Bridgwater Life began in 1966 for the Renegades Carnival Club. Roger Evans, David Elson, Jim Bartlett, Albert Ford and a few others, got together and discussed forming a carnival club. With the exception of myself, they all worked at the Wellworthy piston manufacturing plant in Bridgwater. The company agreed that the newly formed club could use its large car parking area as a site on which the club could build its float.
During the autumn of 1966, the members met at the King William Inn, popularly known as the King Billy. It was too late to enter the 1966 carnival but in plenty of time to start the fund raising for the following year. A weekly raffle held within the factory was organised and once a week Albert Ford sat in a cubicle of the gent’s toilets folding raffle tickets ready for the draw. Skittle weekends and jumble sales were the other main fundraisers. After the third jumble sale, most of the club members were suffering from flea bites and it was decided never to do a jumble sale again.
The club’s first entry was The Rainmakers. The theme was based on the Bantain tribe of New Guinea, a tribe who wore extremely high hats in the belief that they could reach the clouds and induce rain. Brown body stocking were used to give the appearance of natives. Albert Ford, however, as the tribal witch doctor, wore a costume of straw from head to foot. This proved too much of a temptation for one spectator in Bridgwater who tried to set fire to the straw whilst Albert was still inside. The club captain swiftly leapt off the cart, inflicted serious pain on the miscreant and the procession continued, the incident almost unnoticed other than by those in the immediate vicinity. As a theme, it proved relatively successful. On the stage, this new club took fourth place, an unexpected success against the more established clubs. The success was entirely down to the use of a choreographer – Madge Hewitt of the Pantomime Society. Other clubs were soon to realise the benefits of choreography and Wellworthy were only once again to reach that fourth spot. During that year there were two incidents which could have led to disaster but were simply hilarious at the time and they both came on the same night.
Our headquarters was a river side pub, on the West Quay, now known as the Royal Marine Club. The night in question, the river was in flood and broke over the banks, which were much lower in those days with no flood defence walls. The muddy waters crossed the road and continuing to rise, came up over the kerb and then over the step into the pub. Once over the front step, it was downhill into the bar and downhill into the yard out the back. Our changing room was across the yard and the river was beginning to flood it. In the centre of the yard was a drain cover which one member removed believing that a complete river of flood water would disappear down it. Of course it didn’t, in fact the drain led straight back into the river. So now the muddy water had found another way in. The cover wasn’t replaced when it came to the time to leave our changing room and head for the stage. One member gallantly offered to carry one of the glamorous dancing girls through the muddy waters so that they could leave the pub. As he crossed the flooded yard, so he disappeared into the open manhole, still with the dancing girl in his arms. Later that same evening as we returned, and the river was just starting to subside, we walked along the recently flooded quayside, now slippery with a layer of mud, wearing ballet style dancing shoes. The shiny soles of one of our male performers hit a slippery patch and he rocketed forward and flat on his back shot into the river. It was a bedraggled warrior that climbed out of the river with drooping ostrich feathers where once a headdress had been.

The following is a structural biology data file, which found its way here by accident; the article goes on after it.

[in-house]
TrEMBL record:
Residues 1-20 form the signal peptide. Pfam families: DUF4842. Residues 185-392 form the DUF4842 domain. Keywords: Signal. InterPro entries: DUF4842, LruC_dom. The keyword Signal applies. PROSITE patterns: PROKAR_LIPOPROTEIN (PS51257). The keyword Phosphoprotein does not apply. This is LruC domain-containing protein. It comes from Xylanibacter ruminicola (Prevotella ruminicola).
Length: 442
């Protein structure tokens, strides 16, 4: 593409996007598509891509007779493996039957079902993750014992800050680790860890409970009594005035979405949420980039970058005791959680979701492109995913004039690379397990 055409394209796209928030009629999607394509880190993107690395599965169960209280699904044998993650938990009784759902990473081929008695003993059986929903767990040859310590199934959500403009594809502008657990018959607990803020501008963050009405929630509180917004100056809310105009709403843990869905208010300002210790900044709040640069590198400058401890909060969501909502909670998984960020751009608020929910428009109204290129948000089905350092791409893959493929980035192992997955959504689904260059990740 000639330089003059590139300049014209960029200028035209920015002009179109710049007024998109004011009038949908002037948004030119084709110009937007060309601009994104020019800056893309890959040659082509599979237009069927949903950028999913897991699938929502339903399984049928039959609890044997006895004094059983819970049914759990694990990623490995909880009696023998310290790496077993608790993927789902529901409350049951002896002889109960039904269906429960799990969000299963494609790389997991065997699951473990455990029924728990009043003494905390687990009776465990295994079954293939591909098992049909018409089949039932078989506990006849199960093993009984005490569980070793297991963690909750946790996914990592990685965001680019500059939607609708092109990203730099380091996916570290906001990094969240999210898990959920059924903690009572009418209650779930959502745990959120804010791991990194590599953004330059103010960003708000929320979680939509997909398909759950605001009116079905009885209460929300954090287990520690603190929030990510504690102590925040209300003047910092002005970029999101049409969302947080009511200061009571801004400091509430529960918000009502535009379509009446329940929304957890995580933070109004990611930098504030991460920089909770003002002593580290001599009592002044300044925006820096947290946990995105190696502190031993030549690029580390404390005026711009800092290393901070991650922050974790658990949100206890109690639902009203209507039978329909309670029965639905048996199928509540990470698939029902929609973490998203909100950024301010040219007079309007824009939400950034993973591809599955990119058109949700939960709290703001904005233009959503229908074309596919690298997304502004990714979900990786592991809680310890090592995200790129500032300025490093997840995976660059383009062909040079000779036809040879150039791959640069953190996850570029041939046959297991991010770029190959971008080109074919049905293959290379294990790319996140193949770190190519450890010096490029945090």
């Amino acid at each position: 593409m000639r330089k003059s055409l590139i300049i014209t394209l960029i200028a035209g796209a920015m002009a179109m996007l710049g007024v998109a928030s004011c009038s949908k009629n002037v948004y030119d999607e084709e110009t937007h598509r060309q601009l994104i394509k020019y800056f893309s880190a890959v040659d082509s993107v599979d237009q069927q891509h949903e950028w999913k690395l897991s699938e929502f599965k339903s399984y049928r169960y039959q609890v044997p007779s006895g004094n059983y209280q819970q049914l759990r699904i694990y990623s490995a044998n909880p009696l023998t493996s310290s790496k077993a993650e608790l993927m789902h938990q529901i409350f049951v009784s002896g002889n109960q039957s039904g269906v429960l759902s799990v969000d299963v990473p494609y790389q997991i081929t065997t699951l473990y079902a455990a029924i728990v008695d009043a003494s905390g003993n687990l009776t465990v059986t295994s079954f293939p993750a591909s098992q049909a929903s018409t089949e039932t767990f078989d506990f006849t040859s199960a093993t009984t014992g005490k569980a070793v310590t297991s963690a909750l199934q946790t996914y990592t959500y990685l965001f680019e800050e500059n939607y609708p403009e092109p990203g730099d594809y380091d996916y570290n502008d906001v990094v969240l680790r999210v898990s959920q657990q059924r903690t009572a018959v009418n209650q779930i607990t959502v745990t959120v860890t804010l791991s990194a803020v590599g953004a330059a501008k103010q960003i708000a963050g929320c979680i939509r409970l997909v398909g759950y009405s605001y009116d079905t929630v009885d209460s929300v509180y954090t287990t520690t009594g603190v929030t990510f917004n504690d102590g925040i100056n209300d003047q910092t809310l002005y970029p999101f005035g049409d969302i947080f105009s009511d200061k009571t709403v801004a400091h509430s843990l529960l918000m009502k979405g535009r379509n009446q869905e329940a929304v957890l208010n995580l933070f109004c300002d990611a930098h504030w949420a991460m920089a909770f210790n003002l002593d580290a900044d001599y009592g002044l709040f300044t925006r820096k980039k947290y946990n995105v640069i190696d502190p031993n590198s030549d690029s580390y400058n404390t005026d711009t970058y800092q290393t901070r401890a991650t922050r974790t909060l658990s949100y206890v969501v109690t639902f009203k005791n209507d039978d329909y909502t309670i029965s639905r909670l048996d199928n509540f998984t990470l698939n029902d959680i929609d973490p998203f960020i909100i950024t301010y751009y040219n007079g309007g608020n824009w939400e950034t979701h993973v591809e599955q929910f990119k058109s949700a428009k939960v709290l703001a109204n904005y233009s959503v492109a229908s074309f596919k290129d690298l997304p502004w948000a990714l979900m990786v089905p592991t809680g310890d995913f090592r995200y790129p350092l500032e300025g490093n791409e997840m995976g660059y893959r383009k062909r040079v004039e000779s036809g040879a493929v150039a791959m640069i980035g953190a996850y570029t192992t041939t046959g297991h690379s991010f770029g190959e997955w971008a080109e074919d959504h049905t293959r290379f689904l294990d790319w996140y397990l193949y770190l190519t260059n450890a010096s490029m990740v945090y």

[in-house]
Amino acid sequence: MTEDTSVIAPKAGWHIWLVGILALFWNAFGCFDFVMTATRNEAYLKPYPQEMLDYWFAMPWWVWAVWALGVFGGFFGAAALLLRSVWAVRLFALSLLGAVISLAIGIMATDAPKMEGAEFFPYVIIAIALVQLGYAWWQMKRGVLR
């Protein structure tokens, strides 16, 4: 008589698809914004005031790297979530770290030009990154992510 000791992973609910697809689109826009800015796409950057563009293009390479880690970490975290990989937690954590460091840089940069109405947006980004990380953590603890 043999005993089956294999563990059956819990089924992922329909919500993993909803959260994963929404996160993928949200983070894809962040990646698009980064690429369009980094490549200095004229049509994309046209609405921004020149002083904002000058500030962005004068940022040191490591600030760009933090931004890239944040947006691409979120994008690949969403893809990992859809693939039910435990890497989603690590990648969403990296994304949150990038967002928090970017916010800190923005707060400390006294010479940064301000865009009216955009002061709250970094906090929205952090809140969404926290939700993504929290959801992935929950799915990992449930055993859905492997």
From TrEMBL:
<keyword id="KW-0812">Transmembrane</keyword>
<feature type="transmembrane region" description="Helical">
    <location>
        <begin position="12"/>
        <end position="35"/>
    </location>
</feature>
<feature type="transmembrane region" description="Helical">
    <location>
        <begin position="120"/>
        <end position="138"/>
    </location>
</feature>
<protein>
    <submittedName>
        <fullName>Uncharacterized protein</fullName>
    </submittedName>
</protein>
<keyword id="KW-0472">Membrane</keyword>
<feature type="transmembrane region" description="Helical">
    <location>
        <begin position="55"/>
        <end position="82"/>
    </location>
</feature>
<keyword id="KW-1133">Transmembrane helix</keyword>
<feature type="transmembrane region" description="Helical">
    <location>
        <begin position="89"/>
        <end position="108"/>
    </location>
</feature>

On the road, success came in a different form. It rained everywhere, torrentially. It was one of the wettest carnivals on record and The Rainmakers received friendly pantomime style boos all the way around the county circuit. The club was one of the first to have female members and perhaps because of that has lacked the strength and depth of other clubs established just as long as itself. In 1977, the Wellworthy title was dropped and the club became the Renegades, which it remains to this day. Under the new name, they produced A Night with the Teds, an energetic rock and roll performance which remains one of their most enjoyable. It was one of the many times that the Renegades won the most improved on stage cup. In 1985 tragedy struck. An arson attack resulted in the float being destroyed by fire with just days to go to Bridgwater Carnival. In true carnival spirit, the other clubs, both large and small, rallied around with all forms of support. Materials and lighting equipment rolled in. Engineers, carpenters and painters rallied around. As each club approached the finish of their own float, so members were released to the Renegades and the show went on the road to the cheers of the public who knew how close the club had come to disaster. Today the club remains predominantly a young club with a high proportion of female members. Over the years, it has acted as a training ground for newcomers who have then moved on to join the more successful clubs. In that capacity, it remains a significant club and one that has not lost sight of the spirit of carnival.